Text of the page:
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We live in a world that is now predominantly urban. So how do we define the city as it evolves in the 21st century? Drawing examples from across the globe, Deyan Sudjic decodes the underlying forces that shape our cities, such as resources and land, to the ideas that shape conscious elements of design, whether of buildings or of space. Erudite and entertaining, he considers the differences between capital cities and the rest to understand why it is that we often feel more comfortable in our identities as Londoners, Muscovites, or Mumbaikars than in our national identities.
About the Author
Deyan Sudjic is Director of the Design Museum. He studied architecture in Edinburgh and has worked as a critic for the Observer and Sunday Times, as the editor of Domus in Milan, as the director of the Venice Architecture Biennale, and as a curator in Glasgow, Istanbul, and Copenhagen. He is the author of B is for Bauhaus, The Language of Things, and The Edifice Complex.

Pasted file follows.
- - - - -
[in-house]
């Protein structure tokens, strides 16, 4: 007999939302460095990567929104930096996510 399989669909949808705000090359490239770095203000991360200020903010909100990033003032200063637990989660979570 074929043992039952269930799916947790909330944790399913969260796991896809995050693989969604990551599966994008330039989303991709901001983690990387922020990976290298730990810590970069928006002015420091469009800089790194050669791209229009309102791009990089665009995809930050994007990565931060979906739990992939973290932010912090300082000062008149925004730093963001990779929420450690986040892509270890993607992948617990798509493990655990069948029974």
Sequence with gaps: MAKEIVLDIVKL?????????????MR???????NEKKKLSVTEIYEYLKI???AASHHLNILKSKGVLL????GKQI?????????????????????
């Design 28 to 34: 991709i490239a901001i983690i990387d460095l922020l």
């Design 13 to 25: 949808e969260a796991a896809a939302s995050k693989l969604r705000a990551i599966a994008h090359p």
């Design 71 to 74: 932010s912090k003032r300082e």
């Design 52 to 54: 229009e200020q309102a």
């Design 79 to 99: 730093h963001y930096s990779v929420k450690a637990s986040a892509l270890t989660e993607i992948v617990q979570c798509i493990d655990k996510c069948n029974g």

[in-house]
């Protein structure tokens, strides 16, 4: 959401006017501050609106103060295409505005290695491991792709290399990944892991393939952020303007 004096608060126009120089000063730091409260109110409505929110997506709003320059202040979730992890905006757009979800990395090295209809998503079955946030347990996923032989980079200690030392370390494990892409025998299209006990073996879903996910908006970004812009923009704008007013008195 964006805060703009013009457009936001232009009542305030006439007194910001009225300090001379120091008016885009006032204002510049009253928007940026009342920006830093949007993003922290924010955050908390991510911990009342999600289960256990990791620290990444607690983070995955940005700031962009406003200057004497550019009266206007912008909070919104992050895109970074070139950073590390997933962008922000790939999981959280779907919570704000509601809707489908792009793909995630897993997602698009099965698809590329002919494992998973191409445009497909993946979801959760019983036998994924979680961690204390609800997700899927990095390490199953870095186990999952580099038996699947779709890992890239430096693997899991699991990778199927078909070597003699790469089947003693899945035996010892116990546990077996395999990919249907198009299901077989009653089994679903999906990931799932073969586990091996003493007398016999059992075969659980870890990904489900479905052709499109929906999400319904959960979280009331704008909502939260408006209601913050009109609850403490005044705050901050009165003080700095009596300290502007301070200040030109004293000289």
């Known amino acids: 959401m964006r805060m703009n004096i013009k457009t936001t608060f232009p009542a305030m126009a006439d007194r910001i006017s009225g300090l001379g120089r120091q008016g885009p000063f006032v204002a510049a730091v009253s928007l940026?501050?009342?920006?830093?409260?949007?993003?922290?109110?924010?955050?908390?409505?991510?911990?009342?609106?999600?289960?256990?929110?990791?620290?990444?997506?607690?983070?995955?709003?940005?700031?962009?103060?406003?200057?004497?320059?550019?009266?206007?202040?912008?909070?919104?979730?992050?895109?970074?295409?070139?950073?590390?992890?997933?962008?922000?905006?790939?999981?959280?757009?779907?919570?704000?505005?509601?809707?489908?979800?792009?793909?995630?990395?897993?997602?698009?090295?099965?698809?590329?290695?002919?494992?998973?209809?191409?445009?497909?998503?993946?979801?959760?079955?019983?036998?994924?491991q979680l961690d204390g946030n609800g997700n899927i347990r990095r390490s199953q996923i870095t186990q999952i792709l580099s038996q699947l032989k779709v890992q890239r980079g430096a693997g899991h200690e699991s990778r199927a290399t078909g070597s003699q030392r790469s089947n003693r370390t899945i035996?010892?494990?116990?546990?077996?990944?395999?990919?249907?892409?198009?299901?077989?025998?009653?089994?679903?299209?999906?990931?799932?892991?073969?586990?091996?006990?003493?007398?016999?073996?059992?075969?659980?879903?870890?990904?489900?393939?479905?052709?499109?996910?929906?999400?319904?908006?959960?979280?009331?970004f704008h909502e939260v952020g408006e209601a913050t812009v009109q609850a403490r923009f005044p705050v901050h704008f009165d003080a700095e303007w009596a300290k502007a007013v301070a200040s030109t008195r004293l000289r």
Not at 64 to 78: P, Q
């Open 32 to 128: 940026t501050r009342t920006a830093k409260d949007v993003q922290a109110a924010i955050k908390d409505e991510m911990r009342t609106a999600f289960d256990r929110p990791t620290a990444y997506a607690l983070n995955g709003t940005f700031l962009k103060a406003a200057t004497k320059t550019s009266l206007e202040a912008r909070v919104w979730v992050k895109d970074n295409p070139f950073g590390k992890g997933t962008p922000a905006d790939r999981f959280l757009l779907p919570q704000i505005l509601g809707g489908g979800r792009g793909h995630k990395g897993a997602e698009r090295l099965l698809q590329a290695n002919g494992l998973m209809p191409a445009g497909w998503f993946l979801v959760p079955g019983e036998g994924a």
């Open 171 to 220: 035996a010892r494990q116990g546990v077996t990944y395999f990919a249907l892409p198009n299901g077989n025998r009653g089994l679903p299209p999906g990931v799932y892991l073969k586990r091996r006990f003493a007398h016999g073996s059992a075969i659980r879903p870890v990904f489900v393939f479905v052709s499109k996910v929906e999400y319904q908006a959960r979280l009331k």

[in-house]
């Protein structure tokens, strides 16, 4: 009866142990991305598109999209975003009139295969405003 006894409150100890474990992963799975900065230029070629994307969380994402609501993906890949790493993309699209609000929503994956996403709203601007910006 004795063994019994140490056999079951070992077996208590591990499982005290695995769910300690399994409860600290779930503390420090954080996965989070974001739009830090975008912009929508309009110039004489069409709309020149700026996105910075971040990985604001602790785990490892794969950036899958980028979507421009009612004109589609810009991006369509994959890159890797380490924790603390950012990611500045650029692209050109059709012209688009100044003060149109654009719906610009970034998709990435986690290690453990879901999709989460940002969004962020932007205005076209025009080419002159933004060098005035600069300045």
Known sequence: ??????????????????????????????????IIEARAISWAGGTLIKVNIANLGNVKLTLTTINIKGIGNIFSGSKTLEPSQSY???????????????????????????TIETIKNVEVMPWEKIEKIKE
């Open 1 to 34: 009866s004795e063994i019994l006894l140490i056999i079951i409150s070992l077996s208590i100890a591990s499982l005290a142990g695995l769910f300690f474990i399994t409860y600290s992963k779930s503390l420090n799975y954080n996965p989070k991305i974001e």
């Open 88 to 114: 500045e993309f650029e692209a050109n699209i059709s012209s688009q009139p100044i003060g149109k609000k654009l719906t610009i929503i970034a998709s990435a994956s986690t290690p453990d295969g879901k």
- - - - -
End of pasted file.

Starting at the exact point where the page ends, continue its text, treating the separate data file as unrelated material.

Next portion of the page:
"A deeply original and necessary book." —Alain de Botton
"An indispensable guide to what makes a city a city." —Evening Standard
"Witty commentary on rampant consumerism enabled by design innovation. . . . Especially appealing to marketers and design connoisseurs, this is easily digestible for the average consumers interested in knowingly purchasing quality design for the senses—if they can still afford it in today's economy." —Publishers Weekly on The Language of Things
“The Language of Things reads like a good conversation with someone who has a deep understanding of his subject matter. . . . A provocative and effective way of looking at our world through the lens of objects.” —John Dunningan, Dean of Architecture and Design, Rhode Island School of Design